Get your calculators ready! And while you're at it put on your mathematically inclined thinking caps. You'll need both if you're to have even the slightest understanding of the issues facing members of the recently formed Octorara Tax Commission.

Meeting Monday for the first time as a requirement of the state legislature's latest approach to school funding reform, commissioners looked appropriately baffled as they sifted through spreadsheets and a variety of complex alternative proposals for reducing property taxes. They have until mid-December to come up with a recommendation as to whether the district would be best served by a shift (emphasis on the shift) in the manner in which Octorarians fund their schools.

Unfortunately, these civic-minded citizens have been cast adrift in a sea of relative unknowns. Nobody, for example, knows when the alleged revenue stream from the state's share of the gambling take will actually materialize. It is this portion of the hodge-podge tax reform measure, now known as Act 1, that it is hoped will provide the lion's share of tax relief -- sometime. In the meantime, tax commissions across the state will determine the wisdom of de-emphasizing the role of the property tax with a shift to either an increased earned income tax or institution of a personal income tax.

Their verdict on this implication-laden idea will go to the school board as a non-binding recommendation. In the event commissioners call for implementation of either of the two options now under consideration and board members subsequently agree, the whole package must go before the electorate in the spring primary election in 2007. Who knows what the nine-person commission will come up with, but it is safe to say it is likely taxpayers will be asked for their opinion. We should pay attention.

Informed decisions are, we are told in this age of democracy propagation, the bedrock of a democratic system. Yet, for the average property taxpayer the intricacies of school district budgets remain a mystery. All most folks know for a certainty is that their school taxes never go down, most think of them as always going up. Throw into the mix the idea of shifting the tax burden from one source to another. Then ask mystified taxpayers to decide on the efficacy of such a proposal and in all likelihood a negative response will win the day.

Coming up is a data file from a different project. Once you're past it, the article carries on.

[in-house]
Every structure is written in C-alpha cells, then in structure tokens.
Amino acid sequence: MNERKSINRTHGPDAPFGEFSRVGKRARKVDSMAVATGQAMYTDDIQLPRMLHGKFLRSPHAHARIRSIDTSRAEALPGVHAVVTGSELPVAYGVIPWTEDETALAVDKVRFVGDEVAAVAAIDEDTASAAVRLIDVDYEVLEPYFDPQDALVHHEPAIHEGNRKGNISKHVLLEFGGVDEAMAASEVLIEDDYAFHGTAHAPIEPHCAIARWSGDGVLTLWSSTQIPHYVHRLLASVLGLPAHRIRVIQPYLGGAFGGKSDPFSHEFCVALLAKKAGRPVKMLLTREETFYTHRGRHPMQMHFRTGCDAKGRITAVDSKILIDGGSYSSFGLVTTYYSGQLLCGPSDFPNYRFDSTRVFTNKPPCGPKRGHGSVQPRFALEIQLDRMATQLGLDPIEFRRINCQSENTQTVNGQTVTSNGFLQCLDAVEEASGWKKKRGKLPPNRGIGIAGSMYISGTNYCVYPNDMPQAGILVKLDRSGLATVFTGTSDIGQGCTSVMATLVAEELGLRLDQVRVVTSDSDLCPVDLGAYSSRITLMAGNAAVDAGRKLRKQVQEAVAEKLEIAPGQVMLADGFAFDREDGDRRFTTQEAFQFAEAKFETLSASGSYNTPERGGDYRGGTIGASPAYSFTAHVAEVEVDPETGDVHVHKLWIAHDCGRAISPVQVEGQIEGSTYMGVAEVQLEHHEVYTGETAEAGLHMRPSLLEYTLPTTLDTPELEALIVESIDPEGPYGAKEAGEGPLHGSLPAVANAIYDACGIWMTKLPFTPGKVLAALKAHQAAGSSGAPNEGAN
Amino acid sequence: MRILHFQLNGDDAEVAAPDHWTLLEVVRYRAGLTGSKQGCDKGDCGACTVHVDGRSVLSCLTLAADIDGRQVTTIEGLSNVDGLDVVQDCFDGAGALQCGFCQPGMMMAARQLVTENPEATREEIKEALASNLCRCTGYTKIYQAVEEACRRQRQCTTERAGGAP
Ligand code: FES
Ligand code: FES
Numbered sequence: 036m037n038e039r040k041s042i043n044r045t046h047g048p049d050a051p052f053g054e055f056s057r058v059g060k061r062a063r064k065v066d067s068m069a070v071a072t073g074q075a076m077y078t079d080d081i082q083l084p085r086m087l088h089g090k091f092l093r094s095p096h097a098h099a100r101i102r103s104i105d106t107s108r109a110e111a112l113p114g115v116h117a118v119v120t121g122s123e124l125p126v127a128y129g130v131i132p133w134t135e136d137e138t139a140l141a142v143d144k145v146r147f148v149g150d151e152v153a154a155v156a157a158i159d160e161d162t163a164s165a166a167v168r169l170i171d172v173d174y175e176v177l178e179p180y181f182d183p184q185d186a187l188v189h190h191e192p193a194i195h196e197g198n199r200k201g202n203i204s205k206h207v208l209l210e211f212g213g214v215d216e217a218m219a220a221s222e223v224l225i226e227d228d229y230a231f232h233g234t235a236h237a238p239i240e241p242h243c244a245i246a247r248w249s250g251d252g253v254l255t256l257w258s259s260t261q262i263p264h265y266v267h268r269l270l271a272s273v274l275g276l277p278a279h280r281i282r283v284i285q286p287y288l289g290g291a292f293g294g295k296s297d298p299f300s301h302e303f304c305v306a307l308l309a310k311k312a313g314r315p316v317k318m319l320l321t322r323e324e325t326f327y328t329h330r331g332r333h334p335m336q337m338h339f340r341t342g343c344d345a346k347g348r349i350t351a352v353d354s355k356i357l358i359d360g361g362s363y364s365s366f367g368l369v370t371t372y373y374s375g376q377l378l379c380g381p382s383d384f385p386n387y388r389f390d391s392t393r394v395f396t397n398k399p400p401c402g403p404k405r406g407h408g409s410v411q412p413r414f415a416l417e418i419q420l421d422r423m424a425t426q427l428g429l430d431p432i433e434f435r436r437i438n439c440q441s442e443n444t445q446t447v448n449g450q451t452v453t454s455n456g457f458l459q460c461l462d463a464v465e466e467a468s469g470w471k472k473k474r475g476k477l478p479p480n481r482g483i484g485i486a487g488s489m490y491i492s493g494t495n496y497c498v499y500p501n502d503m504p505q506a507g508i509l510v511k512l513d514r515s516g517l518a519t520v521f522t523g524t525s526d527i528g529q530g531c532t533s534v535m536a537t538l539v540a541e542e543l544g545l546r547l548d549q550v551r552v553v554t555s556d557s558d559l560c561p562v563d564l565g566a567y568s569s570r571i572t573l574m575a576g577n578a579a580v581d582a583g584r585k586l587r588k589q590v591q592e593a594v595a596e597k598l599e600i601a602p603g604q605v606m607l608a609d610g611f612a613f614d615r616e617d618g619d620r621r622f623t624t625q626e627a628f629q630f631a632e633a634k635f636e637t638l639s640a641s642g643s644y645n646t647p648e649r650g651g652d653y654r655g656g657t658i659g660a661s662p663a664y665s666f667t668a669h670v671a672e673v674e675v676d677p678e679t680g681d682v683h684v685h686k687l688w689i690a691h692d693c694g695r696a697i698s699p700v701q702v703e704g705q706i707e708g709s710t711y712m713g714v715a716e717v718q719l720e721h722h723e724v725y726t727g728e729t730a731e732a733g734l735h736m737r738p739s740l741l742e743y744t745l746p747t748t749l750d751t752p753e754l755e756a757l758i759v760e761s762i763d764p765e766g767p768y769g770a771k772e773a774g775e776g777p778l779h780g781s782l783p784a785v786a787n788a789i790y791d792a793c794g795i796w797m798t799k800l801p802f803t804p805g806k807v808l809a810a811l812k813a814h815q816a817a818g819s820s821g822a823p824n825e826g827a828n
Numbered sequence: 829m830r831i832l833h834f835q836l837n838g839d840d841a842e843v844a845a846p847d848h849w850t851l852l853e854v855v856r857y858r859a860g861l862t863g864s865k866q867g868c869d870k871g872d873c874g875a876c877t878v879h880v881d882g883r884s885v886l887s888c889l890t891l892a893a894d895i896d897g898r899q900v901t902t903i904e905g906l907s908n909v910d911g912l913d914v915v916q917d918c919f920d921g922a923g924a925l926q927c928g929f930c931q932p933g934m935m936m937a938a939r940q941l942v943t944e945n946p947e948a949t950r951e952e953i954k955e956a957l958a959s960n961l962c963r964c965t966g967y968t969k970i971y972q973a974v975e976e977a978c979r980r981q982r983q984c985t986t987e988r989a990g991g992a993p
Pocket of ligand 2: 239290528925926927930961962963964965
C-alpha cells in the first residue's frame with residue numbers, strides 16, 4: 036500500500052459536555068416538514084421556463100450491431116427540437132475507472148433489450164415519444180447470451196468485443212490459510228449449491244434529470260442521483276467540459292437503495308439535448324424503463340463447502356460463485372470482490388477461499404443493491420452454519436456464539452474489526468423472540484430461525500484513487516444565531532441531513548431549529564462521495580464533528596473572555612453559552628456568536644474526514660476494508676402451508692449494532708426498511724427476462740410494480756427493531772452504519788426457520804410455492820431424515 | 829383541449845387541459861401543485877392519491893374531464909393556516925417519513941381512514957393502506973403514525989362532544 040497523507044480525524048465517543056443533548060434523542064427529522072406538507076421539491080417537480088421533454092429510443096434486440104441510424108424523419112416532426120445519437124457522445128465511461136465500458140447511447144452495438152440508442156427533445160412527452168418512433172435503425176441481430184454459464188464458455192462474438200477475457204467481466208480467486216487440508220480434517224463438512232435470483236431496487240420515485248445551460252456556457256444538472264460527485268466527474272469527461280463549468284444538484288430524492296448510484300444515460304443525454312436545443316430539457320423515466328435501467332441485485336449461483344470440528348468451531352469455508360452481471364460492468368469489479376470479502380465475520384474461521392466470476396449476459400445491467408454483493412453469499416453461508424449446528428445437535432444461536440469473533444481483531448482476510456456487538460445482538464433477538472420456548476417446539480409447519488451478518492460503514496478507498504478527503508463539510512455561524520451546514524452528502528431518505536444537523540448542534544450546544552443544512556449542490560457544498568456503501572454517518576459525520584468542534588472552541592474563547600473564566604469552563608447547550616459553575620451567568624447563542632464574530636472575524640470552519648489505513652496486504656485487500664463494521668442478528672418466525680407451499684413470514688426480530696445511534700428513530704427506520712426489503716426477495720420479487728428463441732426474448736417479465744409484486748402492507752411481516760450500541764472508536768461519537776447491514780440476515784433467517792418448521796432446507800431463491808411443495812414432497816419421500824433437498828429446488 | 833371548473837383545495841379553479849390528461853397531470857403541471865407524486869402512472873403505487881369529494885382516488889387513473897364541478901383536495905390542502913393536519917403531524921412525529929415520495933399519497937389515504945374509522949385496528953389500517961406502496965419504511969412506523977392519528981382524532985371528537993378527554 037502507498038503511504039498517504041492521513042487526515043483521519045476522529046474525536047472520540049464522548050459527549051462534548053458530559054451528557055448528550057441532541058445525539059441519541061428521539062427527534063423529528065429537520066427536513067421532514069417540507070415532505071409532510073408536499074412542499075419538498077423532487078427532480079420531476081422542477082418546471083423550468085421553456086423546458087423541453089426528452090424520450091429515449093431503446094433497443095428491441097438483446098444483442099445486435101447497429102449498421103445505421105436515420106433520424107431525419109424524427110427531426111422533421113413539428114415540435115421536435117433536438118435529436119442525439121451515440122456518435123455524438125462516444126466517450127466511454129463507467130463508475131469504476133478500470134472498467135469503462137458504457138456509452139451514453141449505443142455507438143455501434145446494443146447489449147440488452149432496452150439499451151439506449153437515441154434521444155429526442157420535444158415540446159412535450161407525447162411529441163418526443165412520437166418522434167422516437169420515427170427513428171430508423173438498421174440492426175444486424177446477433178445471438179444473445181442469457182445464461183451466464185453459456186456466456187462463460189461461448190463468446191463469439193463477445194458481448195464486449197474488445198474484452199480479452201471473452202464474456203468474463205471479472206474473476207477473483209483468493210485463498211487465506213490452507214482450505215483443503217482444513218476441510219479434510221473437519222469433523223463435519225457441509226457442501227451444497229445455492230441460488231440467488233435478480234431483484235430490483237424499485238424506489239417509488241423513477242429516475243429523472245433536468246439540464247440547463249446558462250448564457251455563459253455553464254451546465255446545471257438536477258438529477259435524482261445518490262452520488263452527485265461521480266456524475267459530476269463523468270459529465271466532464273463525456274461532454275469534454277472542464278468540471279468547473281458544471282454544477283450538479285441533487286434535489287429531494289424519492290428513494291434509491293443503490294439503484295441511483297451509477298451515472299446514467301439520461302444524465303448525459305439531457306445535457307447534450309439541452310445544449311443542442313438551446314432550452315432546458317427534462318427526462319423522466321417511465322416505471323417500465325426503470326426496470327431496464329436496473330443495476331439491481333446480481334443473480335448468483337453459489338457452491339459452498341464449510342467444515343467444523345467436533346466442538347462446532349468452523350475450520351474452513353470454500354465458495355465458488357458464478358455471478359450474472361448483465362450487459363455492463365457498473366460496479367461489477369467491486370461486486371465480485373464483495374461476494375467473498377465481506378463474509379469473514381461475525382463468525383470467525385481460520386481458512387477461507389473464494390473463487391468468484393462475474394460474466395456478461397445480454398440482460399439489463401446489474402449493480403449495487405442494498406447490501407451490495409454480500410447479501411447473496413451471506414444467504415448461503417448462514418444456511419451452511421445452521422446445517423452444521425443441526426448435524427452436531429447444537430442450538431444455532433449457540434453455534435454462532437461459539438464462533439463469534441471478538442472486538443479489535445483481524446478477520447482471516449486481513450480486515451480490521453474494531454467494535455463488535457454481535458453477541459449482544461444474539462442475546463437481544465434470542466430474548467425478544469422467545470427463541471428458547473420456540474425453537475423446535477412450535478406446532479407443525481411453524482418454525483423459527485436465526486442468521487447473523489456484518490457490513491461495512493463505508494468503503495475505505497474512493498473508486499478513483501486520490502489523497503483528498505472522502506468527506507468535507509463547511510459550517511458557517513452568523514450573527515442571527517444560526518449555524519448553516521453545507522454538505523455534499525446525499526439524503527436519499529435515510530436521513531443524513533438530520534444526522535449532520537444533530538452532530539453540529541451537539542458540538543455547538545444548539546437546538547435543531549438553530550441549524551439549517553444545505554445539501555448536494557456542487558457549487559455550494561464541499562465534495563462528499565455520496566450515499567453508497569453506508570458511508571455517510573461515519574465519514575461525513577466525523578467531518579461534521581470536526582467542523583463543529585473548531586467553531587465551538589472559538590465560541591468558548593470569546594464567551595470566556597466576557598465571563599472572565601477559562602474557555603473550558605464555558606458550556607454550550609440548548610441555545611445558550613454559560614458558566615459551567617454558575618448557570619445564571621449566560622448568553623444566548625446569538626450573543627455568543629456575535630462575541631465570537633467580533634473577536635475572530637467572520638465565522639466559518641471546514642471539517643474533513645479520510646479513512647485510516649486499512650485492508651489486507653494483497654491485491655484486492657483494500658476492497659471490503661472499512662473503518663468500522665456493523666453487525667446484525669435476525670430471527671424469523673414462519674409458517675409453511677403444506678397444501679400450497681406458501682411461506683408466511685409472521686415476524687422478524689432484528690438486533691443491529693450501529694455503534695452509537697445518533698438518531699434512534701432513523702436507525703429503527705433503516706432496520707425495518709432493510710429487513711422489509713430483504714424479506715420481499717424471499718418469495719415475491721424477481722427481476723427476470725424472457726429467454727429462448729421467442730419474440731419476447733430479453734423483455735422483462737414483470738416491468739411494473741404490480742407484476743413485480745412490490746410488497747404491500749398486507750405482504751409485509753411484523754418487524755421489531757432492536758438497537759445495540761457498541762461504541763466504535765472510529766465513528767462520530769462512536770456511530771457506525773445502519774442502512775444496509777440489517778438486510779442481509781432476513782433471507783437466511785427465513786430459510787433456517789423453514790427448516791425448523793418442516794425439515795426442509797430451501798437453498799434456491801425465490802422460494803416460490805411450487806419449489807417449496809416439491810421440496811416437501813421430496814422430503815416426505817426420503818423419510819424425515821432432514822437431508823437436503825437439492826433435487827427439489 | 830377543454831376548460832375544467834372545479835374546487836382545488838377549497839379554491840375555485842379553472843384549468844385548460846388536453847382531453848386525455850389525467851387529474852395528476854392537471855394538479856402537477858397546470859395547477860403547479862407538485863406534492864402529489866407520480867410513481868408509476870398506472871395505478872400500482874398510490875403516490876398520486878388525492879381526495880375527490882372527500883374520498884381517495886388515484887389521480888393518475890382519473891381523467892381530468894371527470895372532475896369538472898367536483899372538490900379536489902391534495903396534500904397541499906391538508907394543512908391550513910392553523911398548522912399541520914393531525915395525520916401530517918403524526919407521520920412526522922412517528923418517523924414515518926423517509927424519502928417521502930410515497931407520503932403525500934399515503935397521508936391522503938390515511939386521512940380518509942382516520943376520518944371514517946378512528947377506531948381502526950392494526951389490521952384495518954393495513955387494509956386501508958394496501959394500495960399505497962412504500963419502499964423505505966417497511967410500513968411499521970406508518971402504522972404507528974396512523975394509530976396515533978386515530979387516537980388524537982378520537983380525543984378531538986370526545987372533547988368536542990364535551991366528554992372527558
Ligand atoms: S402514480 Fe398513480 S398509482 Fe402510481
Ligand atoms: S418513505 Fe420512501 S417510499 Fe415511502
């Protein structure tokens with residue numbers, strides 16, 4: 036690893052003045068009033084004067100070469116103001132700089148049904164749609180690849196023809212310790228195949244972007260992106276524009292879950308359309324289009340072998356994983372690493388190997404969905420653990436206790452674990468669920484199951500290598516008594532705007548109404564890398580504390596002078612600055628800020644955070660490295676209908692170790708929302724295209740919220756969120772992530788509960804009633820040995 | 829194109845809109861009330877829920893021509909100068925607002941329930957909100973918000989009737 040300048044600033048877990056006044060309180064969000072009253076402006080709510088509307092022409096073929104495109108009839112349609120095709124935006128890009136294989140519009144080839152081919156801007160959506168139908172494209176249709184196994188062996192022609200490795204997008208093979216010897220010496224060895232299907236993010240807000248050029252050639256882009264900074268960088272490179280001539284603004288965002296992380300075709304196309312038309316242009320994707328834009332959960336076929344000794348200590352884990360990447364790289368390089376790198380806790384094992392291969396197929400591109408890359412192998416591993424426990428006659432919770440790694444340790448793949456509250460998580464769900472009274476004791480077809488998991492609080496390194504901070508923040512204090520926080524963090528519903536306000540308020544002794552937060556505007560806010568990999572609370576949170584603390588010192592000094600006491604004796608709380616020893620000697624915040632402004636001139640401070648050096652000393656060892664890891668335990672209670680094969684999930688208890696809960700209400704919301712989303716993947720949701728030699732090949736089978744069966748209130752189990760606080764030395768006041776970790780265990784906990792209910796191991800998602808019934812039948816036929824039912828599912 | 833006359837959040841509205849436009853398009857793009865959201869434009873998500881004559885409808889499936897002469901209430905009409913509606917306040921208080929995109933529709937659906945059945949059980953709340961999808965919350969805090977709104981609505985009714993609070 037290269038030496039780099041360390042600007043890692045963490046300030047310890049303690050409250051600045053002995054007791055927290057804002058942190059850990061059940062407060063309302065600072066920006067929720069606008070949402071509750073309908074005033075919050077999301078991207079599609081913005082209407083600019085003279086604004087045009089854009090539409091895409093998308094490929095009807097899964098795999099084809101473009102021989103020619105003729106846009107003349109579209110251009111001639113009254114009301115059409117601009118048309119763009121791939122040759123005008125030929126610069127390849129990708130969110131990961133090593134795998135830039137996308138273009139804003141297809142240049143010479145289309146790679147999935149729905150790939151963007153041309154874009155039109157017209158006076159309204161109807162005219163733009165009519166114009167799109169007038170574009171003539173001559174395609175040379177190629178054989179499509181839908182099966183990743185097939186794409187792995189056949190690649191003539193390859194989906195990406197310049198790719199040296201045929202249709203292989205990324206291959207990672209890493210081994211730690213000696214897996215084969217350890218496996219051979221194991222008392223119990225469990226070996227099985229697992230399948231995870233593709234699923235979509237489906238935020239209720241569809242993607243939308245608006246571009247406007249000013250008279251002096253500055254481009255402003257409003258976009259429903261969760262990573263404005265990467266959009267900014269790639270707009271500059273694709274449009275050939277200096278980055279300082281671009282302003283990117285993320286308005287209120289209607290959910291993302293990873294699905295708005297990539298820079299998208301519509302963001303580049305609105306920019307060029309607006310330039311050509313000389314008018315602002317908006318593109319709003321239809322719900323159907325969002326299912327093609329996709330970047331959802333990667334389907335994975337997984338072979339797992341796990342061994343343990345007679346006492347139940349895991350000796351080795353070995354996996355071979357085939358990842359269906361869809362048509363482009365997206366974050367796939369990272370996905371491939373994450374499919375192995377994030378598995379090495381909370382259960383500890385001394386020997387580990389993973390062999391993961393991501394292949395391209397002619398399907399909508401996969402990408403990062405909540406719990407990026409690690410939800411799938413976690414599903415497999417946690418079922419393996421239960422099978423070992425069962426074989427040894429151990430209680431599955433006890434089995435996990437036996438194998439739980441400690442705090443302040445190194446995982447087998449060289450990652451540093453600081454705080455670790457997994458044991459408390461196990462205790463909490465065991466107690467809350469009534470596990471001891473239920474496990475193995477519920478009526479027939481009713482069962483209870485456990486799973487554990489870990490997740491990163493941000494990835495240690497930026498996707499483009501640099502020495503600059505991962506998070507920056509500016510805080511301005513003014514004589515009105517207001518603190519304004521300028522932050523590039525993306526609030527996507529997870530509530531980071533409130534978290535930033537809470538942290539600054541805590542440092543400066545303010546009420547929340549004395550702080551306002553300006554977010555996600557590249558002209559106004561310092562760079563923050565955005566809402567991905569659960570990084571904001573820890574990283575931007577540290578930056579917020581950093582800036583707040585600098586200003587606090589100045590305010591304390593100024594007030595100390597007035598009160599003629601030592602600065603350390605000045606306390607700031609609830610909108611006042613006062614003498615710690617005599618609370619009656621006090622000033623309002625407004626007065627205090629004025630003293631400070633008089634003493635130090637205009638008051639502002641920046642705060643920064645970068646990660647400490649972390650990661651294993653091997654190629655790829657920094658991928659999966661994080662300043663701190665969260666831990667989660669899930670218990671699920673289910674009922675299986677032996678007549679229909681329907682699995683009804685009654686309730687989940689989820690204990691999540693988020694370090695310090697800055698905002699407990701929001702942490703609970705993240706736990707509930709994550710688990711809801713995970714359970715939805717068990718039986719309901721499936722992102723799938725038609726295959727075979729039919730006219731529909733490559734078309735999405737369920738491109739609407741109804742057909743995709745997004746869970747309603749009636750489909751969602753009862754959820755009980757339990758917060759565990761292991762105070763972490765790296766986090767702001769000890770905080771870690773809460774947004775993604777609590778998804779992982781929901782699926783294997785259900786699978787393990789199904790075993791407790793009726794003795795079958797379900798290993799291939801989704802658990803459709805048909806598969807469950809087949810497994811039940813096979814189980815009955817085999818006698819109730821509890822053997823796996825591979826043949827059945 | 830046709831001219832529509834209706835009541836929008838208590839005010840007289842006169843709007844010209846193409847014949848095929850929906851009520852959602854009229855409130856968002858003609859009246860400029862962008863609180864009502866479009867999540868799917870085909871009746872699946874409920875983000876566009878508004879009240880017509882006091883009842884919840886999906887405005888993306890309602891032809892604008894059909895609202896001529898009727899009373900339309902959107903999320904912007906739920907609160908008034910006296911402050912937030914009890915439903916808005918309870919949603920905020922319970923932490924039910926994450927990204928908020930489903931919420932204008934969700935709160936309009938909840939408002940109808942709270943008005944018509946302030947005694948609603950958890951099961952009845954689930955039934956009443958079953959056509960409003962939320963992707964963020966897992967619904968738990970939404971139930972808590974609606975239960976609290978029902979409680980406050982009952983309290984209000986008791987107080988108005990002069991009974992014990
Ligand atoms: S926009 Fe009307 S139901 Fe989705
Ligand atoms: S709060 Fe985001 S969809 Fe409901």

Mere mention of the idea of imposing a new tax, even one considered to more equitably to distribute the tax burden but not increase it, is like a red rag to a bull among many in our tax averse polity. Such a shift, if enacted, will certainly mean an increase in taxes for folks in the higher income brackets. Remember any switch has to be voter-approved. Guess who are the people most likely to vote in an off-year election primary? Precisely... those who will be hit hardest by the new levy.

Were we to live in a Utopia, populated by altruistic citizens as supportive of the fairest distribution of the tax burden as they are concerned with the impact on their own pocket books, such a shift in emphasis might have a prayer. But under one scenario presented to commissioners Monday any household living in a home in the mid-range of property values with an income over $55,000 would pay more in school taxes. Folks living on less would pay less in taxes. Given these circumstances 40 percent of the district's households would benefit. The remaining 60 percent would pick up the newly created tab. My fear is that these numbers alone render the commission's deliberations, to say nothing of its recommendations, dead before arrival.

Maybe not, we shall see as the process unfolds. While I suppose I must concede that legislators who cobbled this so-called reform together wanted to spark public involvement in school funding issues, they must also have been tempted by the ever-prevalent urge in their midst to pass the buck. By asking John Q. Public to do their job for them, lawmakers cleverly avert the suicidal mantle of having voted for a tax increase -- even if it really wasn't one.

Instead of wholesale reform, such as a shift to a sales-tax based system or a wholly income-based levy, our state lawmakers have created an incredibly complex tax structure built of pieces salvaged from 30 years of largely botched attempts to do essentially the same thing. Now the Octorara Tax Commission, among others across the state, will attempt to make sense and something worthwhile of what our elected representatives didn't have the political courage to do themselves.

Good luck to them. Taxpayers, stay tuned.

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